Oh, the irony of life – I clicked on a link to read an article by Dr. Allen Frances (chair of the DSM-IV task-force and author of Saving Normal: An Insider’s Revolt against Out-of-Control Psychiatric Diagnosis, DSM-5, Big Pharma, and the Medicalization of Ordinary Life) – and I was forced to wait through a 15 second advertisement on a psychiatric medication. This is exactly the type of thing Dr. Frances complains about. People have “too much” access to information that they are not trained to understand. Dr. Frances urges the public to beware self-overdiagnosis. (This could also be referred to as cyberchondria.)
Before the publication of DSM-5 Dr. Frances strongly argued against many of the changes proposed…he even admitted that there were some mistakes made in the DSM-IV. One of his main arguments is that the DSM-5 added many new diagnoses that could push people formerly considered “normal” into the disordered range. For instance, disruptive mood dysregulation disorder is a new diagnosis for children who have too many temper tantrums; internet gaming disorder is a diagnosis for hard-core gamers. The DSM-5 also rejected the bereavement exclusion, which had previously discouraged clinicians from diagnosing major depressive disorder in people who had undergone a major loss in the past two months.
At the time that DSM-5 was being written, media pounced on the omission of the bereavement exclusion, claiming that people who were going through a natural process of grief would be stigmatized by a “mental illness” diagnosis. But is this really what happens?
The 2012 study The bereavement exclusion and DSM-5 concludes that the symptoms of bereavement aren’t fundamentally different from those of major depressive disorder. If the grieving individual’s symptoms and impairments are as severe as a person with major depressive disorder, they may benefit from treatment – and treatment requires a diagnosis. The purpose is not to throw drugs at every bereaved soul that walks through the doctor’s door. In fact, most people who are bereaved will not go into their doctors because they think their symptoms are “normal.” Those that go into their doctors are most likely suffering from more severe symptoms which might need to be treated.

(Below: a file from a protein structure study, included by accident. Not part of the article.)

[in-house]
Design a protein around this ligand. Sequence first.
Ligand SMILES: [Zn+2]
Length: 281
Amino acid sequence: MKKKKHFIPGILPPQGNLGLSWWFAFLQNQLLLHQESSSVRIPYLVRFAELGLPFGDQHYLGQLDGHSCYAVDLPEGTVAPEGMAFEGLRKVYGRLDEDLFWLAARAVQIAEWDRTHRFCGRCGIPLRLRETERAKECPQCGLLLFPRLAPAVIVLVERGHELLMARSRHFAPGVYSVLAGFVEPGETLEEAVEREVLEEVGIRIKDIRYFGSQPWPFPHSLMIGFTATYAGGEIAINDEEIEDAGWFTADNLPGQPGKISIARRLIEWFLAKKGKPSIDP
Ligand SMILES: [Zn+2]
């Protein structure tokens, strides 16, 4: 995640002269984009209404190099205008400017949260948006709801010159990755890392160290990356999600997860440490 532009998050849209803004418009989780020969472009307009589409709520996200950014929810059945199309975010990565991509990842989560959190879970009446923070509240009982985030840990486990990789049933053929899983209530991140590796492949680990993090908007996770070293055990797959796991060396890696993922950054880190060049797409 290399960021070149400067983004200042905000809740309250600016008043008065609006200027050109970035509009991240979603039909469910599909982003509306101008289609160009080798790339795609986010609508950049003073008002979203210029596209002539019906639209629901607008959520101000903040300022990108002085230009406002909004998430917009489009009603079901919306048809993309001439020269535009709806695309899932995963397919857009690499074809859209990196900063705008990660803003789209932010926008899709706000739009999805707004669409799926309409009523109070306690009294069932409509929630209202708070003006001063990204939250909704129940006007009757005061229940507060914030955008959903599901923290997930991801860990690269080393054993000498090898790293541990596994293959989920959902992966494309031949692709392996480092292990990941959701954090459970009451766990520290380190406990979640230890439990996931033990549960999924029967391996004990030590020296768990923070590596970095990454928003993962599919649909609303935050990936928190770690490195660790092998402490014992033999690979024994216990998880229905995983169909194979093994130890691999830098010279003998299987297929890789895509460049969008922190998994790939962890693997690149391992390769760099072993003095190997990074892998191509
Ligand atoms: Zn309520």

In his 2013 PsychCentral post How the DSM-5 Got Grief, Bereavement Right, Ronald Pies argued that clinicians will not have to diagnose major depressive disorder in grieving patients, but they will be able to if such a diagnosis would be beneficial.
On the other hand, Allen Frances argues in his 2013 Psychology Today post Last Plea to DSM 5: Save Grief From the Drug Companies that the “medicalization of grief” will provide more “normal” patients at which to fire Big Pharma’s semi-automatic pill-dispensing guns (that’s not a direct quote). It will be a huge profit to the drug companies, but will the over-medicated grievers really be helped? Frances insists that we should focus our attention on the more severely mentally ill, who are in more need of treatment, but who are being lost in the bonanza of over-diagnosis.
Frances argues (understandably, since he was chair of the DSM-IV task-force) that there was no problem in the DSM-IV bereavement exclusion, why fix what isn’t broken? We should let the bereaved grieve with respect and dignity. If they were severely impaired, they were still diagnosable for major depressive disorder, so there was no need for change.
Here’s my conundrum: Who’s right? Ronald Pie or Allen Frances? With the DSM-IV were doctors just as capable of diagnosing a bereaved individual with major depressive disorder if necessary, as Dr Frances claims? If that truly is the case, then I’d say he’s right. Allowing too much freedom in the diagnosis might encourage general practitioners – who, despite their relative ignorance of mental illness compared to psychiatrists, are the go-to doctors for anti-depressants and anxiety meds – to over-diagnose and over-medicate. Generally, allowing the natural grieving process to progress is the best way to heal.
What concerns me about the bereavement exclusion, though, is that grieving patients who have some severe symptoms of major depressive disorder (persistent insomnia, weight loss, profoundly impaired concentration), but who do not admit to suicidal ideation would not be treated for depression. It is too likely that such patients are not entirely honest about their suicidal ideations, and the doctor may therefore miss this crucial criterium for diagnosis. Are we “better safe than sorry” – providing treatment to people who might not need it? Should we risk overmedicating and supporting the “evil” Big Pharma?
Honestly, I don’t know.
Frances, Allen. (2010, July 08). Normality Is an Endangered Species: Psychiatric Fads and Overdiagnosis. Retrieved from: http://www.psychiatrictimes.com/blogs/dsm-5/normality-endangered-species-psychiatric-fads-and-overdiagnosis.
Zisook S, Corruble E, Duan N, Iglewicz A, Karam EG, Lanouette N, Lebowitz B, Pies R, Reynolds C, Seay K, Katherine Shear M, Simon N, Young IT. (2012).The bereavement exclusion and DSM-5. Depress Anxiety. (29):5, 425-43.